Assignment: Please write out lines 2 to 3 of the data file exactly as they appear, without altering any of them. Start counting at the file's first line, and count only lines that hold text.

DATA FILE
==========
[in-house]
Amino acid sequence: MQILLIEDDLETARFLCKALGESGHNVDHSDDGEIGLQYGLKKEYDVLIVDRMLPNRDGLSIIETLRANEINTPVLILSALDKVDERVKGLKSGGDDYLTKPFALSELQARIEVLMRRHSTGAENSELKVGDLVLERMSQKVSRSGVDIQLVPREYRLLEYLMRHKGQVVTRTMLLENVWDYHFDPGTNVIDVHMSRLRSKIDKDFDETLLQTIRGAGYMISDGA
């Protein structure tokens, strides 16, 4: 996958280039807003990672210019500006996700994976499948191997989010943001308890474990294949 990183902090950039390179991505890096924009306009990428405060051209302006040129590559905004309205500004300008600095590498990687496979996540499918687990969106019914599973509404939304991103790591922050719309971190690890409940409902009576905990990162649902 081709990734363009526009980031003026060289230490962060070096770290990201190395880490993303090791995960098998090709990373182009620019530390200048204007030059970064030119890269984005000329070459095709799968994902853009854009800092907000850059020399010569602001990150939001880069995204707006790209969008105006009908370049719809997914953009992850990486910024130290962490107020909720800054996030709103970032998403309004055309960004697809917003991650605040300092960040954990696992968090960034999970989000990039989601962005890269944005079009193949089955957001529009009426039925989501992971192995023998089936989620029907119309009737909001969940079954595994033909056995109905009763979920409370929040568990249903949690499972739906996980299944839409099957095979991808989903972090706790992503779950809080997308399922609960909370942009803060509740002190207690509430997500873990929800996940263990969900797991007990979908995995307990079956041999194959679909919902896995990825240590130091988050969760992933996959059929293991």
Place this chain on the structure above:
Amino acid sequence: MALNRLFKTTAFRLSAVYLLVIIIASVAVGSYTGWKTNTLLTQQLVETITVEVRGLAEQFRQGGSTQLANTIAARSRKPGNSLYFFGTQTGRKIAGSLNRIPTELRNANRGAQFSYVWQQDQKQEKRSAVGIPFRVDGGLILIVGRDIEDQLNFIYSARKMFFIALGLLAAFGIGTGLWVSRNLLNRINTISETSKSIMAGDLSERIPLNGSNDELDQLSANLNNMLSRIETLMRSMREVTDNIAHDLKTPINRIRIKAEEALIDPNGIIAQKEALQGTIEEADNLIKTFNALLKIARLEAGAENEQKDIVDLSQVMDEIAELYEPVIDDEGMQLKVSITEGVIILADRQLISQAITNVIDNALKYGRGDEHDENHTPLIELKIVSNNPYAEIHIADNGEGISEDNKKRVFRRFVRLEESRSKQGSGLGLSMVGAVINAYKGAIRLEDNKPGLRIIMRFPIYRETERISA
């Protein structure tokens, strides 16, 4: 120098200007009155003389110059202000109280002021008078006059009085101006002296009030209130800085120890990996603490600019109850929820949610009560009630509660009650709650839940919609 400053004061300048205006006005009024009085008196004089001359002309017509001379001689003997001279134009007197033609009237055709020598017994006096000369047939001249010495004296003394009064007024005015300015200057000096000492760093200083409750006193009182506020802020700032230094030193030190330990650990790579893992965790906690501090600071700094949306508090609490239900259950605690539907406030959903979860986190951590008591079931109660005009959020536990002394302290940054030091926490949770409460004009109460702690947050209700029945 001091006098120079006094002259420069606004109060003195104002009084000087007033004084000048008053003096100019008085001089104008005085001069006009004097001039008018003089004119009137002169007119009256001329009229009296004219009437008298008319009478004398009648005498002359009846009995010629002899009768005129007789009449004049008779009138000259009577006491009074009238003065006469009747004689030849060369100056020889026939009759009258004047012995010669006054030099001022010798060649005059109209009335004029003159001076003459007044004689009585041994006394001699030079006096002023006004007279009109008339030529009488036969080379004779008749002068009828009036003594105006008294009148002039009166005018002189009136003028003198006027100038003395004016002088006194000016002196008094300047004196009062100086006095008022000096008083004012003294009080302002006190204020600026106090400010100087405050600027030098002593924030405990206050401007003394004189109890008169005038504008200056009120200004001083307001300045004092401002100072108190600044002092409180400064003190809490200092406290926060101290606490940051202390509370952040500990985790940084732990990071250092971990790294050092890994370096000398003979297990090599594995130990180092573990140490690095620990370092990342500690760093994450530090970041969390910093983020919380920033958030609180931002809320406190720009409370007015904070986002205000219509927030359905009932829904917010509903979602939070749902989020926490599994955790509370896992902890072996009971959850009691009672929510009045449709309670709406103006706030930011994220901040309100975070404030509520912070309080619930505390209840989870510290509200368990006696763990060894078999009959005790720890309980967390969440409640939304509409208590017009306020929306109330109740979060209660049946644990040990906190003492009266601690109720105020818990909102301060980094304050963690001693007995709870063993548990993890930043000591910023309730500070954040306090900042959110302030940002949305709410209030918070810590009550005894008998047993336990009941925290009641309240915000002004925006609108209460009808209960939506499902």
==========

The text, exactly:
Amino acid sequence: MQILLIEDDLETARFLCKALGESGHNVDHSDDGEIGLQYGLKKEYDVLIVDRMLPNRDGLSIIETLRANEINTPVLILSALDKVDERVKGLKSGGDDYLTKPFALSELQARIEVLMRRHSTGAENSELKVGDLVLERMSQKVSRSGVDIQLVPREYRLLEYLMRHKGQVVTRTMLLENVWDYHFDPGTNVIDVHMSRLRSKIDKDFDETLLQTIRGAGYMISDGA
């Protein structure tokens, strides 16, 4: 996958280039807003990672210019500006996700994976499948191997989010943001308890474990294949 990183902090950039390179991505890096924009306009990428405060051209302006040129590559905004309205500004300008600095590498990687496979996540499918687990969106019914599973509404939304991103790591922050719309971190690890409940409902009576905990990162649902 081709990734363009526009980031003026060289230490962060070096770290990201190395880490993303090791995960098998090709990373182009620019530390200048204007030059970064030119890269984005000329070459095709799968994902853009854009800092907000850059020399010569602001990150939001880069995204707006790209969008105006009908370049719809997914953009992850990486910024130290962490107020909720800054996030709103970032998403309004055309960004697809917003991650605040300092960040954990696992968090960034999970989000990039989601962005890269944005079009193949089955957001529009009426039925989501992971192995023998089936989620029907119309009737909001969940079954595994033909056995109905009763979920409370929040568990249903949690499972739906996980299944839409099957095979991808989903972090706790992503779950809080997308399922609960909370942009803060509740002190207690509430997500873990929800996940263990969900797991007990979908995995307990079956041999194959679909919902896995990825240590130091988050969760992933996959059929293991």